IMG_6860 IMG_6861 My mother and my daughter left this week on a two-week trip to Germany, which has me remembering my own trip to Germany with my Oma. I was a year younger than my daughter is now, a high school junior rather than a recent graduate. The first part of the trip was a school trip–our school had a summer exchange with a school in Würzburg, and that was our year to go for three weeks. After the school trip ended, I met up with my grandmother and traveled with her for two or three weeks. My mother and daughter will see some of the same friends, though my grandmother’s generation is gone. They’ll go to Hannover, where my grandparents grew up, and Hamburg and Berlin.

I had taken three years high school German by the time I went; my daughter studied Spanish and Japanese. We have a few German language rituals left in our family, but it’s not quite a conversation.

I wonder what my daughter will most remember, years from now.

I remember all the social awkwardness of high school transposed to a trip abroad, the overlapping layers of trying to fit in with the group (or the right part of the group) and trying to navigate a new place. I remember my host brother’s horrible caged bird pecking at itself, and discovering nutella, way back when it didn’t exist in the US. There was a formal welcome at city hall and a giant cream puff on my birthday. We visited churches and art museums. Then my classmates went home, or on to their own extended stays, and I found my grandmother. I expect she came to meet me somewhere.

Oma and I stayed with a friend of hers from when they were governesses together in Chicago in the 1930s. I think they met at the park, out airing their charges, but maybe I’m making that up. Her friend was a heavy smoker, a devoted chocolate-eater, an honorary aunt. I was hungry for books in English (it’s hard listening to another language all the time) and read Gone with the Wind at her house, a gratifyingly thick book that was also thick with smoke. We visited her daughters and their families–my daughter will meet the grandchildren. We went to the toy museum in Nürnberg (I still have the poster) and to Dürer’s house. I was introduced to a newly-returned exchange student, just back from Illinois, her accented English meeting my stumbling German. We Went swimming. IMG_6862

And I remember tagging along as Oma and Tante Erna shopped for a new raincoat. Something trench-coaty, dressy. I remember Oma weighing a clear beige against one that was faintly pink, or maybe it was rose-colored. Most of all, I remember being struck at seeing my grandmother spending the day with a peer, having a reason to be in the world, something to do, other than being my grandmother. Equal measure, equal time, friend to friend. Turn around, how does it look? Let me see from the other side.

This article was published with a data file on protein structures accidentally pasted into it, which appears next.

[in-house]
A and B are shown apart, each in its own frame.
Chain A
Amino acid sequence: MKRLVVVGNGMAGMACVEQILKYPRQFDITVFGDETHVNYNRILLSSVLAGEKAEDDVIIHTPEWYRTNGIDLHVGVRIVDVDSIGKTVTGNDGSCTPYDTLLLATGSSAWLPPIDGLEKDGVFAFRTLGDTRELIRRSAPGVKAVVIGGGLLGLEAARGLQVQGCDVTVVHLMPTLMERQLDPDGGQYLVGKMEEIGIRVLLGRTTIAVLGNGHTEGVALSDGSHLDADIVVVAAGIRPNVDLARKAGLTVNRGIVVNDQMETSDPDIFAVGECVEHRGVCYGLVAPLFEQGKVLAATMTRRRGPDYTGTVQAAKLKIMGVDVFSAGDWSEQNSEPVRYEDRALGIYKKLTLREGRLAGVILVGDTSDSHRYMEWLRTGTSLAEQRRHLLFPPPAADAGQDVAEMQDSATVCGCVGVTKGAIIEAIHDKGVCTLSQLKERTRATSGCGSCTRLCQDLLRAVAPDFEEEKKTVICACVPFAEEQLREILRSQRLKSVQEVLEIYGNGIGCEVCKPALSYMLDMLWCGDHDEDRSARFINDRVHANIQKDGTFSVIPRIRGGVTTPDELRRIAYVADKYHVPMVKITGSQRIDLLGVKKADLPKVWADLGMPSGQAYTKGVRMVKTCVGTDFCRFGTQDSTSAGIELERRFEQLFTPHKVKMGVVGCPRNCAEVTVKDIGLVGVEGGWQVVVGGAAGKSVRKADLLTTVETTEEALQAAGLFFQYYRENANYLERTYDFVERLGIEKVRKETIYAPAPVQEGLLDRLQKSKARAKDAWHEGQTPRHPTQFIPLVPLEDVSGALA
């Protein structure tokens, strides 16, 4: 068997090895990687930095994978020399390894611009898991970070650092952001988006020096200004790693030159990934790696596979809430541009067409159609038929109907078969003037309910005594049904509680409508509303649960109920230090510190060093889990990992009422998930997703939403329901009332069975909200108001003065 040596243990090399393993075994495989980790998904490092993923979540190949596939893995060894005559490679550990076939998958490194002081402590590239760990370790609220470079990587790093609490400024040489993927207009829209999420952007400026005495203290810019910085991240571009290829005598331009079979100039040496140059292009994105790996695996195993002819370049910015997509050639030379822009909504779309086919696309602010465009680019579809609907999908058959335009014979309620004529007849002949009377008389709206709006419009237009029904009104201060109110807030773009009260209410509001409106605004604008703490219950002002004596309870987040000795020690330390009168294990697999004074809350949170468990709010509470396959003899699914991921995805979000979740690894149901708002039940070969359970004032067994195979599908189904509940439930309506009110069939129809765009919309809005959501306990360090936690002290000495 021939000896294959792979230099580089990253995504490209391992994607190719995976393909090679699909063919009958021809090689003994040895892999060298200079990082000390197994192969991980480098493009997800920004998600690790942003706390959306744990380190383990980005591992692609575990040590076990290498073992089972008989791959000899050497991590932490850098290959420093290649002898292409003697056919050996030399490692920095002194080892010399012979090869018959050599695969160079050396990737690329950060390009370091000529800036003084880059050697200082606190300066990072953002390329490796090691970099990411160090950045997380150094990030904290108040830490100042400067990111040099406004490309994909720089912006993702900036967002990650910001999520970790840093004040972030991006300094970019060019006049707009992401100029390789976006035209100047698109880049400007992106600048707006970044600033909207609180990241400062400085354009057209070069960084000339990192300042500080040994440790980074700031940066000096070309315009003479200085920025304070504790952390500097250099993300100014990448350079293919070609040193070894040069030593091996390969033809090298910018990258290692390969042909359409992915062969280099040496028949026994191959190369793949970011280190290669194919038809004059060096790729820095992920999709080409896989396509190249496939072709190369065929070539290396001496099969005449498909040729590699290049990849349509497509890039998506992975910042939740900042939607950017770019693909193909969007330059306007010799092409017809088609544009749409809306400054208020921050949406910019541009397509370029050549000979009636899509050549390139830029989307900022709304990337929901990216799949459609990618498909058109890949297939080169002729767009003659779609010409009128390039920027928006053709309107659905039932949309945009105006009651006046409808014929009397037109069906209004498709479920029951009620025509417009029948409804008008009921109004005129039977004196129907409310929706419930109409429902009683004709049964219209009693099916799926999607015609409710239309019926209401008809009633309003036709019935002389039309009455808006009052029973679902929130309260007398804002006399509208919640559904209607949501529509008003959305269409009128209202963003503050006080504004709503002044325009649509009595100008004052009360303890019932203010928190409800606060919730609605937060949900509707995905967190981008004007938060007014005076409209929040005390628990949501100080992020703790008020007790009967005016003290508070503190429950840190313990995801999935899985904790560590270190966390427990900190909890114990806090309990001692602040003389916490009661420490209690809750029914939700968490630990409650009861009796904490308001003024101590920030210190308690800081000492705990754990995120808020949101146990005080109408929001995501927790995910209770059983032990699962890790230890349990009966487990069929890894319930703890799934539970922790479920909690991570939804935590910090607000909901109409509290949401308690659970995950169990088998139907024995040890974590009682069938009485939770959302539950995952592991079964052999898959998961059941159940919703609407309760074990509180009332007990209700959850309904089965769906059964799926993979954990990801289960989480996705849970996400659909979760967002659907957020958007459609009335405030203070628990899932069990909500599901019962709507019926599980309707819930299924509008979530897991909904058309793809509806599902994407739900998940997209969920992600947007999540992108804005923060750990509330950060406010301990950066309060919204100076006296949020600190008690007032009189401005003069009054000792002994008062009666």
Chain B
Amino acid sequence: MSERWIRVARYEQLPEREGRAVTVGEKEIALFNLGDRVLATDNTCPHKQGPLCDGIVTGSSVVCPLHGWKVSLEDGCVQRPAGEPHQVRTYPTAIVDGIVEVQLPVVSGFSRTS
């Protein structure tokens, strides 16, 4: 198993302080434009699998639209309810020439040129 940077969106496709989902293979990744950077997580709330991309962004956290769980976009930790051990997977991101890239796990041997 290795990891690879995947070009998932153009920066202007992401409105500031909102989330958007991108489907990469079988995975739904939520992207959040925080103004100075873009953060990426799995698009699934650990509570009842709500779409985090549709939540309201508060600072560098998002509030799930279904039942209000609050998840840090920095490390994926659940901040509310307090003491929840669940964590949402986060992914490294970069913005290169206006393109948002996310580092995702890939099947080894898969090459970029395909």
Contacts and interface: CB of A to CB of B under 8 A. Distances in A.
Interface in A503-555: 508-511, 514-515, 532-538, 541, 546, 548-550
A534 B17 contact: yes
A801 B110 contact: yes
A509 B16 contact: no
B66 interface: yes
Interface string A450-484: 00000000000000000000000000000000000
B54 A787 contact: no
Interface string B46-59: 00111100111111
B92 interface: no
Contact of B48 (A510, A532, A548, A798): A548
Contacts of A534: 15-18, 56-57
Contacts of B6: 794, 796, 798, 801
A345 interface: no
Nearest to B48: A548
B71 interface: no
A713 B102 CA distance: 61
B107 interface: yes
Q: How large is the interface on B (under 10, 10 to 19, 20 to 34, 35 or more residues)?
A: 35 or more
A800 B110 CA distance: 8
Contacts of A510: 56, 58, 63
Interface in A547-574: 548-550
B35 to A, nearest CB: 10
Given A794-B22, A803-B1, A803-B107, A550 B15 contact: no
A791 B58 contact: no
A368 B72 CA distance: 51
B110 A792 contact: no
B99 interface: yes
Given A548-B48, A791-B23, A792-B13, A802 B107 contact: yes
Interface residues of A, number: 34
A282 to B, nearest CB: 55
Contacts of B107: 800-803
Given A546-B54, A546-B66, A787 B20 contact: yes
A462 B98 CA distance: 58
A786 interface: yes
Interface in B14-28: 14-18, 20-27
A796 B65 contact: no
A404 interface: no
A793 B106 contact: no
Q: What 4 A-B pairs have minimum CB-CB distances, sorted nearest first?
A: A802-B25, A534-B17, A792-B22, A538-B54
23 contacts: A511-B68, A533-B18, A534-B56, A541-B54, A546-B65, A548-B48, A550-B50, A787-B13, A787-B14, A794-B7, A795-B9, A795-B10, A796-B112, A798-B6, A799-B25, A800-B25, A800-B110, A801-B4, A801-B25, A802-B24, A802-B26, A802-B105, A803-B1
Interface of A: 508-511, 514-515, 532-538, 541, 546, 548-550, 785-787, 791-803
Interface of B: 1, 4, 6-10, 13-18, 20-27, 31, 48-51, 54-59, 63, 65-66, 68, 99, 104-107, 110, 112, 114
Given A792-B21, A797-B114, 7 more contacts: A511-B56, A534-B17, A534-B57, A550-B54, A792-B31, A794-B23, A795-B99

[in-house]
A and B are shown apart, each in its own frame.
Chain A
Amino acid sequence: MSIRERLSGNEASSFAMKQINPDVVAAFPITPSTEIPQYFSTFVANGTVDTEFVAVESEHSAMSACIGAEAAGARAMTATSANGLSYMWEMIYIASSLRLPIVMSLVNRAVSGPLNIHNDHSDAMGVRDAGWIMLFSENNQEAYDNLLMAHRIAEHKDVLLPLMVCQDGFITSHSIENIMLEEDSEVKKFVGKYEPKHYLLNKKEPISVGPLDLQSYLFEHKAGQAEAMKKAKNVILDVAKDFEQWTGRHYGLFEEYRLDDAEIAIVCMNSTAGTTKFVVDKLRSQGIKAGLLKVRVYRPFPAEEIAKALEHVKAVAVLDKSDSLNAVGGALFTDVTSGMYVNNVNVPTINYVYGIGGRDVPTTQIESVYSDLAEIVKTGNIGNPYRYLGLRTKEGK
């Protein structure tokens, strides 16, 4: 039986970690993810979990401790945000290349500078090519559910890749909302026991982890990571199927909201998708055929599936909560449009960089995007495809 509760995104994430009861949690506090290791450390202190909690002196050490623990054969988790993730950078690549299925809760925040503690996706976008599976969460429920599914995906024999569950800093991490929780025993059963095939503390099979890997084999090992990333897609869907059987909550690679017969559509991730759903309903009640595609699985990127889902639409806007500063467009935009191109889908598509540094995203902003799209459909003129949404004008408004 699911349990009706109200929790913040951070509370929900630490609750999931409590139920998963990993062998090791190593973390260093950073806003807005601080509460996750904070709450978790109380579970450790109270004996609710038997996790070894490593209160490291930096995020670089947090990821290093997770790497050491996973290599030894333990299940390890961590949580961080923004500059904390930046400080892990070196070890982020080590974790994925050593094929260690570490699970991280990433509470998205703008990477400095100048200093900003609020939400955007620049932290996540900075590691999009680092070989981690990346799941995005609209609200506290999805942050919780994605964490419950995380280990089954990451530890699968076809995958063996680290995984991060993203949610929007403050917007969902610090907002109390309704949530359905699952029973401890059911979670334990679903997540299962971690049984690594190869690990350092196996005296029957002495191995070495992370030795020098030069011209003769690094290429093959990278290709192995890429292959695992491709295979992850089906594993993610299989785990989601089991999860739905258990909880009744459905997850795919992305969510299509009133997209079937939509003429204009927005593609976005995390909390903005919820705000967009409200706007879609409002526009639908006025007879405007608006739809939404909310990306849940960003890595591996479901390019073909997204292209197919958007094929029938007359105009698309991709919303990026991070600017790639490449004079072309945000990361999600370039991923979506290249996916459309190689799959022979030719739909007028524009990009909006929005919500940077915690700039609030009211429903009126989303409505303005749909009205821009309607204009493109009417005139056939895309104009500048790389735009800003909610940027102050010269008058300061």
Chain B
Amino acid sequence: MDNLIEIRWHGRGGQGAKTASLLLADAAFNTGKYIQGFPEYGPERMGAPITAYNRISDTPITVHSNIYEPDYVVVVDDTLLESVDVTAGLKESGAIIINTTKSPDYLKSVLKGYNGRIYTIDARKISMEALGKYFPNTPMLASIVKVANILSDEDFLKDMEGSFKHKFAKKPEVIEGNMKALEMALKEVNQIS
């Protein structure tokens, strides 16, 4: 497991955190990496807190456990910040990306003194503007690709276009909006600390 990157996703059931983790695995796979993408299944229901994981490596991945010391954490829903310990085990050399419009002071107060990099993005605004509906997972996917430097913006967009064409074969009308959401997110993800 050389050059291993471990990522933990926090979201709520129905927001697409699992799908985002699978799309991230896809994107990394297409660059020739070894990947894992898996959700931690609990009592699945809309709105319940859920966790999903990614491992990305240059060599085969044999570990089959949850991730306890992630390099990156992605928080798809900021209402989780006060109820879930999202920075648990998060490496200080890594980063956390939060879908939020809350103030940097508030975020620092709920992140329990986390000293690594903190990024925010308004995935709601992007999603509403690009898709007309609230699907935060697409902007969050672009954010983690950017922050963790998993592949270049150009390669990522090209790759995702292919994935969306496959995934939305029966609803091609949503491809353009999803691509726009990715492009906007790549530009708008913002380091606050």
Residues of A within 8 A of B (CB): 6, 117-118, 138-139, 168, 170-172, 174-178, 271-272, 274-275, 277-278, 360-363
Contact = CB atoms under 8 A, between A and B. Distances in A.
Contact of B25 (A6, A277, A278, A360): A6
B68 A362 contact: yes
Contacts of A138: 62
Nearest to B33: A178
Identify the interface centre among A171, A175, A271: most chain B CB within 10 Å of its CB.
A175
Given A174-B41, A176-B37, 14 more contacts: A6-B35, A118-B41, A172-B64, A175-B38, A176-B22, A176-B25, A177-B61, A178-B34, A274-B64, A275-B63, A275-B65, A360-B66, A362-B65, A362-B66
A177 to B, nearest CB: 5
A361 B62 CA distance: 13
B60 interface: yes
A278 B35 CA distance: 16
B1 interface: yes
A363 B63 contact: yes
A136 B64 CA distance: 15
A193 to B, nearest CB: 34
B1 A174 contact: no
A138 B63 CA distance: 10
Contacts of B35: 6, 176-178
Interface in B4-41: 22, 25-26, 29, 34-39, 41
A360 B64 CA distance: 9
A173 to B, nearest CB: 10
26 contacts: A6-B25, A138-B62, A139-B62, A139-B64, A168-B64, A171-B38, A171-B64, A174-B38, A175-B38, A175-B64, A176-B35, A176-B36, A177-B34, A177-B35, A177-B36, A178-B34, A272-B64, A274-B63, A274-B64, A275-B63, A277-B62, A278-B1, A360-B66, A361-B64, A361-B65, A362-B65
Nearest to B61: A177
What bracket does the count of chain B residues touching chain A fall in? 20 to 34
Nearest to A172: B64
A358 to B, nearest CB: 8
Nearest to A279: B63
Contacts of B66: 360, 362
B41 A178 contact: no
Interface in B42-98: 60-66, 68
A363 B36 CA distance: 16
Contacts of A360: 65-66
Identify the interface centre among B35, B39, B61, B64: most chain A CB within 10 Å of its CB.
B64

Of course, I knew that, didn’t I? I should have. But that day, seeing Oma not at any family function or occasion but out with a friend of her own, it was obvious. I wouldn’t have used film on that department store light, and they would have been embarrassed if I had, but I remember them among the racks of coats and the florescent bulbs and three-way mirrors, somewhere in downtown Braunschweig, and I’m grateful for that.

Gute Reise!

Stretching

curtainThinking it would do me good to stretch my creative muscles in a different way, I signed up for an 8-week playwriting workshop this spring, taught by Paul Calandrino at Oregon Contemporary Theatre. Last time I tried to write a play, I was in high school. But I’ve read and seen and studied and taught a lot of plays in the meantime, in Spanish and in English, at OCT, in Portland, Puerto Rico, Mexico, Ecuador, Argentina, Spain. . . wherever I go, if I have the chance.

Well, yes: stretching. Paul gave us exercises, some straightforward, some perplexing, detailed. What if this? Add a that! Write something impossible to stage. Every one of them produced good results for someone in the class, though not always for me. The watchword, always, was supposed to be conflict, and my best result was an ever-crescendoing dialogue that made me more and more tense as I wrote it.

We finished with a showcase, when a gaggle of gifted local actors along with most of our classmates took on roles for a reading, one play/participant. We bribed our invited guests with pizza and had a nice turn out. And what a kick to see each play that much more alive than it had been around the seminar table, what a kick to hear an audience laugh at my jokes.